A computer-based GMAT test is tailored to your
performance level and provides precise information about
your abilities. At the start of the test, you are
presented with a test question of average difficulty. If
you answer this right, the next question will be more
difficult. But if you answer this wrong, you get an
easier question and so on. It is very important to
understand that the questions right at the beginning
affect your score more than those towards the end. These
are the questions that are used to measure your general
ability and you are accordingly presented with a
question set. Once you have progressed into a test, it
is very tough to raise your level and get a better
score. So take your time and answer the first few
questions to the best of your ability.
In the computer-adaptive
test (CAT), the computer scores each question before
going on to the next question. So you have to answer the
questions in the order they are shown on the screen. For
this reason, you cannot go back to a particular question
once you have answered it.
You will need only minimal
computer skills to take the Computer-Adaptive Test (CAT)
of GMAT. You don't need to be computer literate to take
the CAT. At the test center, you will have plenty of
time to walk through a tutorial that will allow you to
practise activities like answering the questions and
using the mouse.
Practice before you
All the skills you require are
covered in a hands-on demo tutorial that you must
complete before starting the actual timed test. Make
yourself comfortable with all the sections of the
tutorial before starting the test.
ETS has conducted
some research which shows that the computer-based
General Test Scores are comparable to scores earned on
paper-based General Tests.
Analytical Writing Assessment (AWA)
For the Analytical Writing Assessment (AWA) Section, you are required to type out two essays (Analysis of an argument and Analysis of an issue) in the textbox provided. Prior to 1999, human beings graded the essays. However, under the new system, a human and a computer program called the 'E-Rater' grade essays. If the human and the program arrive at the same score for an essay, then that is the final score. If the scores differ significantly, a second human takes a look at the essay and finalizes the score. You have no automatic spell check options available, so avoid spelling mistakes. Obviously, the E-Rater has very strict standards of evaluation. So, it is critical that you understand how the E-Rater works and make sure that your essay includes all the important parameters/structures that the E-Rater looks for in an essay. The E-Rater uses a database of hundreds of essays for each of the 270 essay questions that could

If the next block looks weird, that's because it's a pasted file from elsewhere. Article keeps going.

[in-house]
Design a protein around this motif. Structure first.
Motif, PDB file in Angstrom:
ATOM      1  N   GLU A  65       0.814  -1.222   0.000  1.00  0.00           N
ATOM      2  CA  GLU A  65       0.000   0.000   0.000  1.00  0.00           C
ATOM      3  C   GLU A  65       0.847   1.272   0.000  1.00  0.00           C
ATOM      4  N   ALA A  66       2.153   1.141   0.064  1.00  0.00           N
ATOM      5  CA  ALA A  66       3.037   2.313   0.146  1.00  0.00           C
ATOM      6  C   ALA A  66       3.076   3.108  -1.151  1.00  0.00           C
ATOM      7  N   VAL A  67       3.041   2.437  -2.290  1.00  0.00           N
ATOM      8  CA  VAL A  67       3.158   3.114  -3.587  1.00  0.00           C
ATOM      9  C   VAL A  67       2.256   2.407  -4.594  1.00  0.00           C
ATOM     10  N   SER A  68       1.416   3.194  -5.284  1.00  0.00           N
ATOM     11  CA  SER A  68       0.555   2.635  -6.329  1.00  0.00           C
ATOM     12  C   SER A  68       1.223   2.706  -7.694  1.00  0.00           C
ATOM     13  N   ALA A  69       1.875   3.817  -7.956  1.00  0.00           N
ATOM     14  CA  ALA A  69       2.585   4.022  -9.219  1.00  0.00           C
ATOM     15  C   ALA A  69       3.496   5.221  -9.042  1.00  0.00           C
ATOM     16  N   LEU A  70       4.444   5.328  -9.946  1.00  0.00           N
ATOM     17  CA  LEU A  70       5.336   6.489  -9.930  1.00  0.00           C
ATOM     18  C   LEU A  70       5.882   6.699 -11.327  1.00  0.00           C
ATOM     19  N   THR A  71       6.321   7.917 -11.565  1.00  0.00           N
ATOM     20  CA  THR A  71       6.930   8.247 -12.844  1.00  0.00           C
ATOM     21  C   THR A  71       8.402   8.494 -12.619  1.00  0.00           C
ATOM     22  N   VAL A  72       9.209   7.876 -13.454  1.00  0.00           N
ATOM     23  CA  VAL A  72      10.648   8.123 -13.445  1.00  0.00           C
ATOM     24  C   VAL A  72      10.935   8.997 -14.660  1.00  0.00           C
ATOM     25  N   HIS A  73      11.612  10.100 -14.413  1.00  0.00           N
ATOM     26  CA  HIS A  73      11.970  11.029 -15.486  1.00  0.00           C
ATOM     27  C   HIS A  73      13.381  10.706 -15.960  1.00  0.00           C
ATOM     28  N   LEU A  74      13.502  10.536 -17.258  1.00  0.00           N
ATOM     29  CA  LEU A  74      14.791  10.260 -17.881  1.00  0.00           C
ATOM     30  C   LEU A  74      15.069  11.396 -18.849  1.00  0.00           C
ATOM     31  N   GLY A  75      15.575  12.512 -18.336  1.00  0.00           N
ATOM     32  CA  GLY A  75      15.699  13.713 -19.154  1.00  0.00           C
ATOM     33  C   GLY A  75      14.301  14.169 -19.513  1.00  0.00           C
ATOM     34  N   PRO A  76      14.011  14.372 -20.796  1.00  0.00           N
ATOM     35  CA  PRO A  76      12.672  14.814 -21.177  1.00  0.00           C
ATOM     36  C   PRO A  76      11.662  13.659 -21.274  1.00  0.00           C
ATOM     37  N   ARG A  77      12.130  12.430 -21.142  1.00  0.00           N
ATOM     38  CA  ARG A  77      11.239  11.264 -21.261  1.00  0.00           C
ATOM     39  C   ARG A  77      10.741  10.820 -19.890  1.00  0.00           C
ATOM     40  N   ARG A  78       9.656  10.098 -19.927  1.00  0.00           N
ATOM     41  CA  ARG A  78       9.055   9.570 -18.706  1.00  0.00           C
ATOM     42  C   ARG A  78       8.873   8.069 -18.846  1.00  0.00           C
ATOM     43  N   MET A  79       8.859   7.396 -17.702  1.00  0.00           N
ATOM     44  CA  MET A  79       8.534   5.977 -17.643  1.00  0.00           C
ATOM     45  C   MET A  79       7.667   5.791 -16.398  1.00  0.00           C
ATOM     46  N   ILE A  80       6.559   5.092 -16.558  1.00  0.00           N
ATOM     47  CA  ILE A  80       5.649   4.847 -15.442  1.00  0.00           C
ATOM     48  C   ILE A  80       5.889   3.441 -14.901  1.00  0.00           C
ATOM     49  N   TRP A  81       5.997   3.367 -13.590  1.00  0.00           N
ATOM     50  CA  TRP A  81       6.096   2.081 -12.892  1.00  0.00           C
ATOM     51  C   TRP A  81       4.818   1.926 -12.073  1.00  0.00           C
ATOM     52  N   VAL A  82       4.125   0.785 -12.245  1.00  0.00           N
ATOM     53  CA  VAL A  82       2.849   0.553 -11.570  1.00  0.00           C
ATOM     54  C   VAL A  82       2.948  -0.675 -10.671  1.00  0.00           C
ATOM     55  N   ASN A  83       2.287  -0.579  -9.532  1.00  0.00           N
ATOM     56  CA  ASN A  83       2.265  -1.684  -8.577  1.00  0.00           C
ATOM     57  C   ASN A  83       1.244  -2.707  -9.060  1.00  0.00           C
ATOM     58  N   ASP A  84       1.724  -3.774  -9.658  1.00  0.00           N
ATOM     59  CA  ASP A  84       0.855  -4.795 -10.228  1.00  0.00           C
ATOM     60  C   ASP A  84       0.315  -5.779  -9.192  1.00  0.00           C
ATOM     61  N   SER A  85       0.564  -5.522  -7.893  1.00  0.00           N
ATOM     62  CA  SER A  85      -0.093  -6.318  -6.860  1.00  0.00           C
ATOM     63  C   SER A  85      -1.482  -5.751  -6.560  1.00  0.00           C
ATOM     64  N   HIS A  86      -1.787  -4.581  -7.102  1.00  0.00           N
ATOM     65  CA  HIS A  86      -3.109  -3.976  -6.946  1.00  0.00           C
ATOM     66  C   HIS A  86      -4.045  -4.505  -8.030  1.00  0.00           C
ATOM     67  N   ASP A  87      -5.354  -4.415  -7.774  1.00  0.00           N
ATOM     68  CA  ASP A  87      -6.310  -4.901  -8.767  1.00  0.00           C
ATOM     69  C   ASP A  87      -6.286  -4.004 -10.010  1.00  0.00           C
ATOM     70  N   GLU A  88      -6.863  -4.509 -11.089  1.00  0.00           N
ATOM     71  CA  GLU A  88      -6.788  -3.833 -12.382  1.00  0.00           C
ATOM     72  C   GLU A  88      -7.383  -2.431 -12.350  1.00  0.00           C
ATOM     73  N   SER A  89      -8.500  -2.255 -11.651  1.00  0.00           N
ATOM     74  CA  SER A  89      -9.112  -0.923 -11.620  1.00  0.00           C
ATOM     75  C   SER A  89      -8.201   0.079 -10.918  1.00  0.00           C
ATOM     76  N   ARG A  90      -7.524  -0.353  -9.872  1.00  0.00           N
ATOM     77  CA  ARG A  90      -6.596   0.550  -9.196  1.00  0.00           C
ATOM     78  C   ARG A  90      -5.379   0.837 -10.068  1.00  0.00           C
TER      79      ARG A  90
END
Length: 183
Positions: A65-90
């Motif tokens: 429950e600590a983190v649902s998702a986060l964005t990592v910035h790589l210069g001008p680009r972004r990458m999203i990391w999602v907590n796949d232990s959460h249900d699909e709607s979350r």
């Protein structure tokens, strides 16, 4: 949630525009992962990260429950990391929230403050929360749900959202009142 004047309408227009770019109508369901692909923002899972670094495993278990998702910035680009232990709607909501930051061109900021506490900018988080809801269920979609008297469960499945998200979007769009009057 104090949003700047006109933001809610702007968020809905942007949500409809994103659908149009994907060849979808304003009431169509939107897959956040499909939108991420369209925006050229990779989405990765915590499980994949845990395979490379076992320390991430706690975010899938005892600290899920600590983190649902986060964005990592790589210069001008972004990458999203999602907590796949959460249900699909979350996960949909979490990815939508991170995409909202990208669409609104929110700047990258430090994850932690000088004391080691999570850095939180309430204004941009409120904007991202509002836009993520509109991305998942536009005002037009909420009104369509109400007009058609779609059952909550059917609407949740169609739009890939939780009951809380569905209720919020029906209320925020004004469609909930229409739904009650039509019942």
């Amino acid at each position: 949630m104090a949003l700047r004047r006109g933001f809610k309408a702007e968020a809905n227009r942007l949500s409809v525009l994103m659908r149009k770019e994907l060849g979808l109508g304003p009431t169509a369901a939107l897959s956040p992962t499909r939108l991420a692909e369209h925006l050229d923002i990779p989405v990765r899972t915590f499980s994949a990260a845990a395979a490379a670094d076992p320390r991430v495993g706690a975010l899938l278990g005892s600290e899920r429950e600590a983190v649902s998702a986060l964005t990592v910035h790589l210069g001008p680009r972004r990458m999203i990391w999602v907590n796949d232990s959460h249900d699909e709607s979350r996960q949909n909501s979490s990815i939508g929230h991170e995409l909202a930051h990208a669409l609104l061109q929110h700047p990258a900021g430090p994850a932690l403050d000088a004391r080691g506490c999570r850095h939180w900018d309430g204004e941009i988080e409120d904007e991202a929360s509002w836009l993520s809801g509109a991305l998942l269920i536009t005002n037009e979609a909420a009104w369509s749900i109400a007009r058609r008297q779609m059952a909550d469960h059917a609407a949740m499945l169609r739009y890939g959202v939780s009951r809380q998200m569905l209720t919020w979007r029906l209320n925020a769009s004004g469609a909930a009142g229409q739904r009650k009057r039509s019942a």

appear on the GMAT. The essays in this database are graded on a scale of 0-6 and the E-Rater evaluates your essay relative to these essays. The E-Rater places a large emphasis on structure - Your essay should be organized into paragraphs (An introductory paragraph followed by two or three content paragraphs and a conclusion) and should include the careful use of transitional words or phrases such as "I believe", "furthermore", "therefore", "for example", etc. Note that the E-Rater is not programmed to appreciate individuality. So a unique or creative essay structure is almost sure to backfire. Also, make sure you practise typing out essays on a computer terminal under timed conditions.